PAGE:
The wage effects of graduate competition

Publication type

ISER Working Paper Series

Series Number



ISER Working Paper Series


Publication date

December 18, 2006


The most commonly cited explanation for the huge expansion of higher education in the UK and other countries in recent years is that these countries are moving into what has been called the 'post-industrial' phase which requires a new, better trained workforce. There is a premium on higher skills, greater flexibility, and improved management, while employers are prepared to pay more for those who fit the bill. Graduate wages go up and people respond to these market signals, so that despite the greater costs demand for higher education continues to rise. At the same time, governments invest in universities in order to ensure that the system as a whole can expand.

This demand-led account of change is a reasonable story which, though, in its emphasis on material motivations underplays social factors. Not everyone seeks to go to university because they believe it will pay. Not everyone has even a clear idea what sort of financial benefits they will obtain. Their motivations are probably guided by some notion of the general status of a job rather than the salary attached to it. This status can be identified by the typical education of those doing that work. For instance, the more graduates in the occupation, the more obviously graduate the work expected for that job is, and so the more attractive to graduates this sort of job will be. However, this also means that graduate jobs are likely to become overcrowded as their graduate densities rise. Instead of getting higher wages, as the story about demand for more technical and managerial skills implies, they face an increasingly competitive environment and as a result receive somewhat lower wages. This is a supply rather than a demand led view of the graduate market.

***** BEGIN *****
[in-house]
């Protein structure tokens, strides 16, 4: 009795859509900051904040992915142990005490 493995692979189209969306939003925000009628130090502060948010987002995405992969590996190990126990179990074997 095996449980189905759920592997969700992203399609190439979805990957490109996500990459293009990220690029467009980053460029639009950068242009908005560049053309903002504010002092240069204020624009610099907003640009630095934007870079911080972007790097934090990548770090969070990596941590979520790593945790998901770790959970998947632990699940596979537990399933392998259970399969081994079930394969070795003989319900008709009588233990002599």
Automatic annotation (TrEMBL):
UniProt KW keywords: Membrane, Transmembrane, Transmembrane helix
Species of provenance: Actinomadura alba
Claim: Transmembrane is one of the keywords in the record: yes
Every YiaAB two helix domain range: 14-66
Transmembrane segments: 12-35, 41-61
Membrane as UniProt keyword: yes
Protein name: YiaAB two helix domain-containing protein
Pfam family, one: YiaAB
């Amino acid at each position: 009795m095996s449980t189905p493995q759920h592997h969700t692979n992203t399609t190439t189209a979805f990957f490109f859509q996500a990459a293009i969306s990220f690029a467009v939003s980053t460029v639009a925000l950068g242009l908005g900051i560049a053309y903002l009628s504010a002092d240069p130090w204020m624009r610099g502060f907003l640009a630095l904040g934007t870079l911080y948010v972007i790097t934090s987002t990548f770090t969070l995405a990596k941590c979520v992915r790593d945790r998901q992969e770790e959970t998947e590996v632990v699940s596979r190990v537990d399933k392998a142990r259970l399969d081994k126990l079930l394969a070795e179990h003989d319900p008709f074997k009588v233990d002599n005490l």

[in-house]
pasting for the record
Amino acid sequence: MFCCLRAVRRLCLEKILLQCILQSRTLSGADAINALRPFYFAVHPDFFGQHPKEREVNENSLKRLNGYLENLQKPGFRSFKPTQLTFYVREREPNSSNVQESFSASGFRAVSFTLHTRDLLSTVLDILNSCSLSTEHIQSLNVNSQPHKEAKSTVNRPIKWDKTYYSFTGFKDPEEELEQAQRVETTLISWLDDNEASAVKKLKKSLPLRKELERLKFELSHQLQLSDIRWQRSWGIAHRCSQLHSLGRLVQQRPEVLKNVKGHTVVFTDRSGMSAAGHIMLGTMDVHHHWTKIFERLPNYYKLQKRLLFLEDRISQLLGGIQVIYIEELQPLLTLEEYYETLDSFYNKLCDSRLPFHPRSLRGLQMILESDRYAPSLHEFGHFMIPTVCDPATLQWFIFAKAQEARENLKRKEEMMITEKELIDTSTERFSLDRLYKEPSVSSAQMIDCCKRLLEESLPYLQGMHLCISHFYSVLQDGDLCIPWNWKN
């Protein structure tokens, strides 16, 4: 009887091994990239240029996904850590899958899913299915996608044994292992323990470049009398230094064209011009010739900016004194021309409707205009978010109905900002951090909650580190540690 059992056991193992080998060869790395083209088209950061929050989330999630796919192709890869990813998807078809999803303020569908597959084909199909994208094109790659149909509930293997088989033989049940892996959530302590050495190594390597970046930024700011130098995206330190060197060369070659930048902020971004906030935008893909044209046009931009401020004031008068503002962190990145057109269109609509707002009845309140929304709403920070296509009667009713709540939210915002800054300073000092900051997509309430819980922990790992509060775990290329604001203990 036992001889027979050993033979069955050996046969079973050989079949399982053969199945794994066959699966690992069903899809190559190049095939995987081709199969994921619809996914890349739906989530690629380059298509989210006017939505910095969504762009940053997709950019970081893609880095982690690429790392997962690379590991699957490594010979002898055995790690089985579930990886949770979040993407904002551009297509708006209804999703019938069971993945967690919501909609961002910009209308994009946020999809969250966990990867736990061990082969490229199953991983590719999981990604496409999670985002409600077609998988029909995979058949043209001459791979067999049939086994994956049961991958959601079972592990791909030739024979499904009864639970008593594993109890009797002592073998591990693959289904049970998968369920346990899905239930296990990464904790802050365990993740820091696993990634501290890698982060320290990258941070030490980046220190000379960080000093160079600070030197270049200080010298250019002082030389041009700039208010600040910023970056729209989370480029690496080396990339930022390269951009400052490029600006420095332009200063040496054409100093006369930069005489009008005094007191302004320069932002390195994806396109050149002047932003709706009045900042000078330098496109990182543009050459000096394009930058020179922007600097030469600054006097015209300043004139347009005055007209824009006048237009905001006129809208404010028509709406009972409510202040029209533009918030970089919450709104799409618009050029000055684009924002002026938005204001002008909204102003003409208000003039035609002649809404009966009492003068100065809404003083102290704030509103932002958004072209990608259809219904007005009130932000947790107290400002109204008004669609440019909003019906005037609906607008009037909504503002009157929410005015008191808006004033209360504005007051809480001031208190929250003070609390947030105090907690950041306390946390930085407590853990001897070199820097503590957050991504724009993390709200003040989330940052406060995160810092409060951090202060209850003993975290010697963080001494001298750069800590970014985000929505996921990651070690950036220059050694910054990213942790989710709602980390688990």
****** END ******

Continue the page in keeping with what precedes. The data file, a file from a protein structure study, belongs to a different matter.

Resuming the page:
This is tested using Labour Force Survey data over a number of years. The results show that on average graduates earn no premium for working in an occupation with a high graduate density, but non-graduates do! This implies that there is some productivity effect, but it is not graduates who gain. Further, the costs and benefits of graduate density are not distributed equally. Men appear to gain very little if at all, while women gain something. However, when graduate density is extremely high women appear to lose out - suggesting perhaps that they do less well in sectors dominated by male graduates. Further, while some gains can be made by working in relatively new types of graduate job, people who work in traditional graduate occupations suffer a pronounced penalty. They benefit from working in a graduate job but lose some of this gain through overcrowding. These results seem to support a theory which suggests that the social demand for education is important. We need a more complex story than that provided by simple material explanations for the expansion of higher education.



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